From the milk in your cereal to the hamburger you have for dinner, cows are a large part of your daily life. Cows were first domesticated more than 8,000 years ago and have been important to the human food chain ever since. Always chewing their cud, cows have unusual stomachs that help them process the grass they eat. Farmers and ranchers raise cows for dairy products, such as ice cream, cottage cheese and butter, as well as beef.
You've probably heard that cows have four stomachs, but they don't. They have one stomach just like you, but theirs is divided into four compartments --- the rumen, the reticulum, the omasum and the abomasum. Each of these compartments has a separate function.
The rumen is like a 50-gallon holding tank for partially digested feed. Cows burp up some of this glop to use as cud. The reticulum captures any foreign objects the cow might eat accidentally, such as a small bolt. The omasum is a natural filter. The abomasum does most of the food digestion, absorbing nutrients and passing along waste to the bowels.
Cows might look like they're chewing a big wad of gum, but they're really chomping on regurgitated grass. Like sheep and camels, cows are ruminants. They spit up some of the undigested food they keep in a special compartment of their stomachs and chew it for up to eight hours a day. Cows need to eat hay or long grasses to create this cud. Mixing this cud with saliva as they chew gives the cow a natural antacid to settle its stomach, according to Donna M. Amaral-Phillips at the University of Kentucky.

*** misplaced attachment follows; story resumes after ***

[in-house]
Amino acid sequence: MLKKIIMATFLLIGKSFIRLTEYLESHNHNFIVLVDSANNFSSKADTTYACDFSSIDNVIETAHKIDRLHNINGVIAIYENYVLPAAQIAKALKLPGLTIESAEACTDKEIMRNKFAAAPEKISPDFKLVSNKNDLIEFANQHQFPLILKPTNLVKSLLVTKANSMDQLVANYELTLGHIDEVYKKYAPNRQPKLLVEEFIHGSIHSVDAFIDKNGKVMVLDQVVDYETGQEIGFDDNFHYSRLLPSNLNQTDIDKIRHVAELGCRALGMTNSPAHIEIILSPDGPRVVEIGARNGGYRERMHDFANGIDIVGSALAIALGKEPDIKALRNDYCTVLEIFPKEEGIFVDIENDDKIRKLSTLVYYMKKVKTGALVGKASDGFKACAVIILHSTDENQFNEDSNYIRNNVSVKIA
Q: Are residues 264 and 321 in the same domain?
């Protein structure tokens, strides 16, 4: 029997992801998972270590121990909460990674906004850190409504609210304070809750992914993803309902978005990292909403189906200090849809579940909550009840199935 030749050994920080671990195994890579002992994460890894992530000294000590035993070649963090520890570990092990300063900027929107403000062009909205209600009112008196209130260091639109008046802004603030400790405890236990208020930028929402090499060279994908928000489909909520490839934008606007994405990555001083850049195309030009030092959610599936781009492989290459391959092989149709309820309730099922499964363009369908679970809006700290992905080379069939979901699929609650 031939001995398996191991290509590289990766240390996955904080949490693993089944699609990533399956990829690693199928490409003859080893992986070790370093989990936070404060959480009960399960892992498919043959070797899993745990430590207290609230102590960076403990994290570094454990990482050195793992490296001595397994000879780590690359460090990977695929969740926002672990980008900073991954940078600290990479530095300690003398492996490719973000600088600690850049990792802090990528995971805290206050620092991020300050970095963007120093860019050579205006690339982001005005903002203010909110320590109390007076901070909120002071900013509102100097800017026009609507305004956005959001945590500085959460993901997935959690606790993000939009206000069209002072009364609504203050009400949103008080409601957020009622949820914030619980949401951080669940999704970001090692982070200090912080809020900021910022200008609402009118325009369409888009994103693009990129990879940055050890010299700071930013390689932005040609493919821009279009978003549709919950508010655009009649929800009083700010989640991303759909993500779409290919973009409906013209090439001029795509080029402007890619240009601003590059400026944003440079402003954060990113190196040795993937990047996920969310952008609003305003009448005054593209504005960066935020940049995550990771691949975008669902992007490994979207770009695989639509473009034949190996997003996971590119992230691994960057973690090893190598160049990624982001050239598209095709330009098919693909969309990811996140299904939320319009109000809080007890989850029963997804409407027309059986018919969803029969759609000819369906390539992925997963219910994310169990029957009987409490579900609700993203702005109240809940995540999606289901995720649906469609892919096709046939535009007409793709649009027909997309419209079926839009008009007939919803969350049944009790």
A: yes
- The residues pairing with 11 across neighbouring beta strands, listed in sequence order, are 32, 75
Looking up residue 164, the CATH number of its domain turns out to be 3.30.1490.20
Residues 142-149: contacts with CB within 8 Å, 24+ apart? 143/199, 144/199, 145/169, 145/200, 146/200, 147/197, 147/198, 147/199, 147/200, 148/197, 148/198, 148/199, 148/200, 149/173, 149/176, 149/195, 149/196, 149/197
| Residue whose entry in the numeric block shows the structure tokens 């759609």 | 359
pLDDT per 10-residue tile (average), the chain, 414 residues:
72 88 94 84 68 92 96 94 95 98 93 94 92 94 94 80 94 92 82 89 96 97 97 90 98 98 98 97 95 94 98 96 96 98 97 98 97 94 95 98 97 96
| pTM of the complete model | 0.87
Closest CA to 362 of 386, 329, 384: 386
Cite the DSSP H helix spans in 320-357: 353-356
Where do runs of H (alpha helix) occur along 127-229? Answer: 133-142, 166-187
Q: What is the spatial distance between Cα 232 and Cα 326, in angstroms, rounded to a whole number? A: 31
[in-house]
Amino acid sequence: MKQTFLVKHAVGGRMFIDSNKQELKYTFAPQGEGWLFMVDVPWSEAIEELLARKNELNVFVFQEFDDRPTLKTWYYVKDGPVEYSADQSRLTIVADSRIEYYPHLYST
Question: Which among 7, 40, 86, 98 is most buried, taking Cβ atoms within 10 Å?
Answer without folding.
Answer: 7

What Cows Eat
Historically, cows ate grass. To get enough to eat, large herds of cows travelled from place to place, grazing and keeping an eye out for wolves and other predators. Though some farmers still pasture their cows, large agricultural businesses often feed their cattle corn and other grains from troughs. The average cow eats about 18.1kg. of feed every day and drinks enough water to fill up a bathtub, according to the U.S. Department of Agriculture.
Kinds of Cows
Four popular breeds of dairy cows are the Holstein, Jersey, Guernsey and Brown Swiss. A good dairy cow can produce 25 gallons of milk daily. Before American farmers started keeping large numbers of cows on dairy farms and shipping milk to stores and processing plants, each family usually had its own cow. Often, it was the children's job to milk the cow each day. Today, most cows are milked with an automatic milking machine as they stand in their stalls.
Popular breeds of cows raised to provide hamburger, steaks and ribs are Herefords and Angus cattle. Television medical expert Dr. Oz recommends buying beef produced by grass-fed cattle, since it contains healthy fats called conjugated linoleic acids (CLAs). Corn-fed cows don't develop this healthy CLA fat.